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Pedro Flores is widely considered as the first yo-yo maker in the US and with his Flores yo-yo created the start of an international craze.
Pedro Flores was born in Vintar, Ilocos Norte, Philippines and came to the United States in 1915. Between 1919 and 1920 he attended the High School of Commerce in San Francisco 1919-1920 and subsequently studied law at University of California, Berkeley and the Hastings College of Law in San Francisco. Flores dropped out of school and moved to Santa Barbara, California where he worked at odd-jobs to make a living.
While working as a bellboy, Flores read an article about a self-made millionaire who made his money by selling a ball attached to a rubber band. At this point he remembered the yo-yo (previously known as the bandalore), a game which has been played for hundreds of years in the Philippines. Bringing it all together, Flores saw a good market opportunity in the US, and the ability to go into business for himself.
Between 1928 and 1932, Flores started and ran the Yo-yo Manufacturing Company in Santa Barbara before selling the company and trademark to Duncan who continued to market and sell Flores yo-yos alongside the Duncan line.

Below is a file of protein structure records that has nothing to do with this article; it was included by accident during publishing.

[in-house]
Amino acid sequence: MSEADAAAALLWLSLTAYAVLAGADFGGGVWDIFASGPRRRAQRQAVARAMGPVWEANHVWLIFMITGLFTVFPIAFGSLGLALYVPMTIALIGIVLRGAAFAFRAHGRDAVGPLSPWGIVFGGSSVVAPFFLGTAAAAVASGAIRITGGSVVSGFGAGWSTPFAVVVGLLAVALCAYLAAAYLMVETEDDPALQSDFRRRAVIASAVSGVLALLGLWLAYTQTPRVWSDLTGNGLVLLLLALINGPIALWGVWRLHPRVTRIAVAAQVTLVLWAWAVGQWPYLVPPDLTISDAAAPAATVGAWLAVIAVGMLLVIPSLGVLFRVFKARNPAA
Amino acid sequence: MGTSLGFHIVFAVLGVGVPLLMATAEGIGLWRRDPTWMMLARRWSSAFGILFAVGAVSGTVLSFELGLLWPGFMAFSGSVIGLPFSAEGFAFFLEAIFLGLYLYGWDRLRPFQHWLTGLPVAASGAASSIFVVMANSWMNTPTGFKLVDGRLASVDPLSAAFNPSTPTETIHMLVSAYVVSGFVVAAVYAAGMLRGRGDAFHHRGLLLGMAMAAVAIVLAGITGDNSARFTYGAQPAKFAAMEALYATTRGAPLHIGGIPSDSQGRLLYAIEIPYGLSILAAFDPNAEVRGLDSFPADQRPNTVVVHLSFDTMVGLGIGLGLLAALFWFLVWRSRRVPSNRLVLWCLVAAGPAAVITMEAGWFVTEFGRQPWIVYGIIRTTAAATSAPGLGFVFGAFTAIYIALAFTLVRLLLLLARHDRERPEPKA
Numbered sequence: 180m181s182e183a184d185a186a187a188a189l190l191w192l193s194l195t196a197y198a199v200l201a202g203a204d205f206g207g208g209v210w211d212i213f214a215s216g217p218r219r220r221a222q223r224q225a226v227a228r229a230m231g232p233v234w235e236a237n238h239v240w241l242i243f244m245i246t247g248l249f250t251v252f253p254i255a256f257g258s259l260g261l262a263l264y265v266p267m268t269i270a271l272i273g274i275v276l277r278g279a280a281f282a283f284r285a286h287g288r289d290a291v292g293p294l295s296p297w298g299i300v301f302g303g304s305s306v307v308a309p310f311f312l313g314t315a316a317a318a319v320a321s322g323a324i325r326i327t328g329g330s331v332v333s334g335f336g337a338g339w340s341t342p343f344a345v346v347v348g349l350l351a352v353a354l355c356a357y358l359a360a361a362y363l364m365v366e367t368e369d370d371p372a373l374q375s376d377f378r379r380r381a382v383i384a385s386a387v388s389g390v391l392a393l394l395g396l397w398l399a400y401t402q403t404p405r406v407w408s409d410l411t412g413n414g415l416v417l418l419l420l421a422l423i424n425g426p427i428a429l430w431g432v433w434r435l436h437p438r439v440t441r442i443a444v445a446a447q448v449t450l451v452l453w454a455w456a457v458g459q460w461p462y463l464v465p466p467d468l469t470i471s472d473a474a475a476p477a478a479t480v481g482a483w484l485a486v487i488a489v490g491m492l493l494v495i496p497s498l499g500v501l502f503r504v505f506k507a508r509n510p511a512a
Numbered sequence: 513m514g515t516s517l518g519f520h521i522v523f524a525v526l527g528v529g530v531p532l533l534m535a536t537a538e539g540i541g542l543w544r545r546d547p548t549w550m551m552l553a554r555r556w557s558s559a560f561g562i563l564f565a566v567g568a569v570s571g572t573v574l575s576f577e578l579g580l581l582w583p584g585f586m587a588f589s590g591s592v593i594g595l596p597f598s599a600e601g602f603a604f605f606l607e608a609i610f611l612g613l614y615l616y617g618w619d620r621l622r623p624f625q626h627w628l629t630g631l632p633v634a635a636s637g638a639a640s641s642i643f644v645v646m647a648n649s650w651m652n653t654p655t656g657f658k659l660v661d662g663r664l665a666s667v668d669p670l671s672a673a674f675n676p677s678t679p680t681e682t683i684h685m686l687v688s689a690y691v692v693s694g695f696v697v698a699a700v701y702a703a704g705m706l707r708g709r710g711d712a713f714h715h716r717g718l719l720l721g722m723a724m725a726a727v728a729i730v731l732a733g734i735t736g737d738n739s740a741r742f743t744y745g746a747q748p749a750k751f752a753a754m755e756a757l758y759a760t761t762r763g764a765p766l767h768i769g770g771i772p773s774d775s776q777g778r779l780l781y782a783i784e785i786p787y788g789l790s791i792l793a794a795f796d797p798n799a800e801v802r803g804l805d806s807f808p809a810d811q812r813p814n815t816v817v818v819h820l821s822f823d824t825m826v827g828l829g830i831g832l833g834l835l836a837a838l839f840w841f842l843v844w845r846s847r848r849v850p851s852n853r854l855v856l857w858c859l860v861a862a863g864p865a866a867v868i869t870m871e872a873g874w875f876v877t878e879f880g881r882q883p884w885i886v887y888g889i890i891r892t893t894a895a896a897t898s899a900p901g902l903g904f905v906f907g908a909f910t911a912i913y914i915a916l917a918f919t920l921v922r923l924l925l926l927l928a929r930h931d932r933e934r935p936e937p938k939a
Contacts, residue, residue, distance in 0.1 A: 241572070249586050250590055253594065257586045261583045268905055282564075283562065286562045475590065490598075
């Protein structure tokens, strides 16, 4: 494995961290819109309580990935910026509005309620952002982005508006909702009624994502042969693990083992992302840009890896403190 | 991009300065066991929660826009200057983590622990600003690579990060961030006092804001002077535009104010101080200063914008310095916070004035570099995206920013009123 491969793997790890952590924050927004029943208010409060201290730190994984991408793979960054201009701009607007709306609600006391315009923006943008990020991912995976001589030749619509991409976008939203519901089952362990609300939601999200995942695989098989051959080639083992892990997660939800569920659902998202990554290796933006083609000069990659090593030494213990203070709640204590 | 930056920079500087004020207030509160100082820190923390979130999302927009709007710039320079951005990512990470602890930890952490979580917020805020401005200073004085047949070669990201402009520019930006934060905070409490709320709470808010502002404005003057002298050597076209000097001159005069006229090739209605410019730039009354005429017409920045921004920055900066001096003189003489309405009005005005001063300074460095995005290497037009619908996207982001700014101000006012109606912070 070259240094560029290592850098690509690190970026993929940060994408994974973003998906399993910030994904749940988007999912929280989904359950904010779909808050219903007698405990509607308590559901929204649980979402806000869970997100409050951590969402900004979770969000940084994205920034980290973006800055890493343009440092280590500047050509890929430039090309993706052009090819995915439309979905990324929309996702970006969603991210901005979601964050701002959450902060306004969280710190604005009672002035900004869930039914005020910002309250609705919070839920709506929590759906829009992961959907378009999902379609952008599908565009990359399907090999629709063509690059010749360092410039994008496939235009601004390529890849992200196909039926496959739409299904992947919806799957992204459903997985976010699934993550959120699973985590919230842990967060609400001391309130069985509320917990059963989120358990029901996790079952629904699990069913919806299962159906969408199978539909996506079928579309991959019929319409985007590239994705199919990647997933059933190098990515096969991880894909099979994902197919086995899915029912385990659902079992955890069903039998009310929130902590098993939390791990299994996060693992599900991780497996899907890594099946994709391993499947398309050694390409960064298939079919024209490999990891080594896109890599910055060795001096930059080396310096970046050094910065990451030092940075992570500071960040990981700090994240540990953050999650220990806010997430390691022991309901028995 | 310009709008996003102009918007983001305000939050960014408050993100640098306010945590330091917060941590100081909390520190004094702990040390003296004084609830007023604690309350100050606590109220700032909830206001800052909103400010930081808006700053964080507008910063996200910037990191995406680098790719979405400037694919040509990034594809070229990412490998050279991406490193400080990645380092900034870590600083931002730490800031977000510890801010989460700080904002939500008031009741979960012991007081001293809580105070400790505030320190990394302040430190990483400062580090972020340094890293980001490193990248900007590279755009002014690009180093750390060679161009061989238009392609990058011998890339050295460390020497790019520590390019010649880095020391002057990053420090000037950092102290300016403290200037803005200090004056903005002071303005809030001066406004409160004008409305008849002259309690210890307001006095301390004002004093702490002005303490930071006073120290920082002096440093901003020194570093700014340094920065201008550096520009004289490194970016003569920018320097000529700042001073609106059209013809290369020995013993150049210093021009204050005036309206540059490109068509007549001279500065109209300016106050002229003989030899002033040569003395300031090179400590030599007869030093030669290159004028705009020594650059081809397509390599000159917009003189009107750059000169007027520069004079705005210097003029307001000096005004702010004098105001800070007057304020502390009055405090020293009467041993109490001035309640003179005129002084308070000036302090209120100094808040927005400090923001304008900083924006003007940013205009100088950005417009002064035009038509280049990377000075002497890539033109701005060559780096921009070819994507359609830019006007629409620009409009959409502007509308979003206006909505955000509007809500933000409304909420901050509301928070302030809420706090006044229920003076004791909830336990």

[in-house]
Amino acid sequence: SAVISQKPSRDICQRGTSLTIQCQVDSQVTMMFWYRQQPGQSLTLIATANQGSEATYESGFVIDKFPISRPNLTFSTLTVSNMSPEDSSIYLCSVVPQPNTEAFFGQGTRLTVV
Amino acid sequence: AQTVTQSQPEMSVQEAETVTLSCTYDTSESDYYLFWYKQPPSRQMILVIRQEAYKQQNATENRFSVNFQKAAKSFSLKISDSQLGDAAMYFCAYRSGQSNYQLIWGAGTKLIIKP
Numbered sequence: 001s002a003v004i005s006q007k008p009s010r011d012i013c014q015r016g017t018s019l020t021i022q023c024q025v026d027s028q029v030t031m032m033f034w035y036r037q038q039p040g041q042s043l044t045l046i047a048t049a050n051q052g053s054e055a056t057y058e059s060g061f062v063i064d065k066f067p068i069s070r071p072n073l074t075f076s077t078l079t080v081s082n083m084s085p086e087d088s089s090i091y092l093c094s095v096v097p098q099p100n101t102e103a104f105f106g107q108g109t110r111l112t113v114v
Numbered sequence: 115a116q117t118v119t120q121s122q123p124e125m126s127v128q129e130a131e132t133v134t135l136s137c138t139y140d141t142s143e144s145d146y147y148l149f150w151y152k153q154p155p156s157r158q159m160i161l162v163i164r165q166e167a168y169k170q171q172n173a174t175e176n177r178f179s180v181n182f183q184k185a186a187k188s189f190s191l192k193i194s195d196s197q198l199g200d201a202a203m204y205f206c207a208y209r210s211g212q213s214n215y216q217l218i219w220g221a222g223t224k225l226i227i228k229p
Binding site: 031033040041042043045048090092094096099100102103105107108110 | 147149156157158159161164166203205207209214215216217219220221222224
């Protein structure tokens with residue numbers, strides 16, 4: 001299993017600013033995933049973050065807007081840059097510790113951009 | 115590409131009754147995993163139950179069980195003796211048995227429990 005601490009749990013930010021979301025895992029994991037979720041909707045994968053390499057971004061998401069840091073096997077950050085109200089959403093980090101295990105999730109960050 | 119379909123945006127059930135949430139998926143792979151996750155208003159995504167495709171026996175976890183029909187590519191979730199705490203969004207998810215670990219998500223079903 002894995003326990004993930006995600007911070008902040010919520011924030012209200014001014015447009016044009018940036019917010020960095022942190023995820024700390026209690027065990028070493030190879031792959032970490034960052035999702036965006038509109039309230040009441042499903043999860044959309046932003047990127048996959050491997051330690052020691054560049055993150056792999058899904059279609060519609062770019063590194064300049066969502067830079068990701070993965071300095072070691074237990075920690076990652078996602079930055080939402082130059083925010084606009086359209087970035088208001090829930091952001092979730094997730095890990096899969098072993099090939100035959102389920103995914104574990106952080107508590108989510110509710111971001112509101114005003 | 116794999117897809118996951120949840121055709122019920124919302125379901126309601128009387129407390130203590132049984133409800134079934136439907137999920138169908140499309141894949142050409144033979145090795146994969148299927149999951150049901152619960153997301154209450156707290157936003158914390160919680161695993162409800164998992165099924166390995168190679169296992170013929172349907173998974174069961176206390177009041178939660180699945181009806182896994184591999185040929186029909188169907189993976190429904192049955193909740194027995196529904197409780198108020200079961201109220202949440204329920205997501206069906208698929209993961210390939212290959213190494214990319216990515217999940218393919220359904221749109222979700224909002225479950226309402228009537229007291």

Pedro Flores is most-often described as the inventor of the yo-yo, but he never personally claimed to have invented the yo-yo, always mentioning its past history as a centuries old Philippine game. In addition he is also referred to as the original patent holder of the yo-yo, however yo-yos (Bandalores) had already been patented prior to the company's existence.
Between 1930 and 1932, Flores sold his interest in his yo-yo manufacturing companies for greater than $250,000, to Donald F. Duncan, Sr., which during the depression of the 1930s was a fortune. On this transaction Flores was quoted saying "I am more interested in teaching children to use the yo-yos than I am in manufacturing of yo-yos."]]
Taking his own words to heart, he became one of the key promoters in Duncan's early yo-yo campaigns. During 1931-1932, Flores was instrumental in setting up a large number of the promotions in the cities where the early Duncan contests were being held. In relation to his contests run just 2 years earlier with his Yo-yo Manufacturing Company, the new Duncan contests were vastly different. These contests now required a series of tricks similar to modern day contests with ties being broken by the number of loop the loops completed.
Flores stayed involved with yo-yos most of his life. After leaving Duncan in the 1930s, he set up the Bandalore Company which briefly made the Bandalore Yo-Yo. Later, after WWII, he helped Joe Radovan (a fellow Philippine immigrant) in the establishment of the Chico Yo-yo Company. In 1954, he also started the Flores Corp. of America, which briefly produced yo-yos in the 1950s.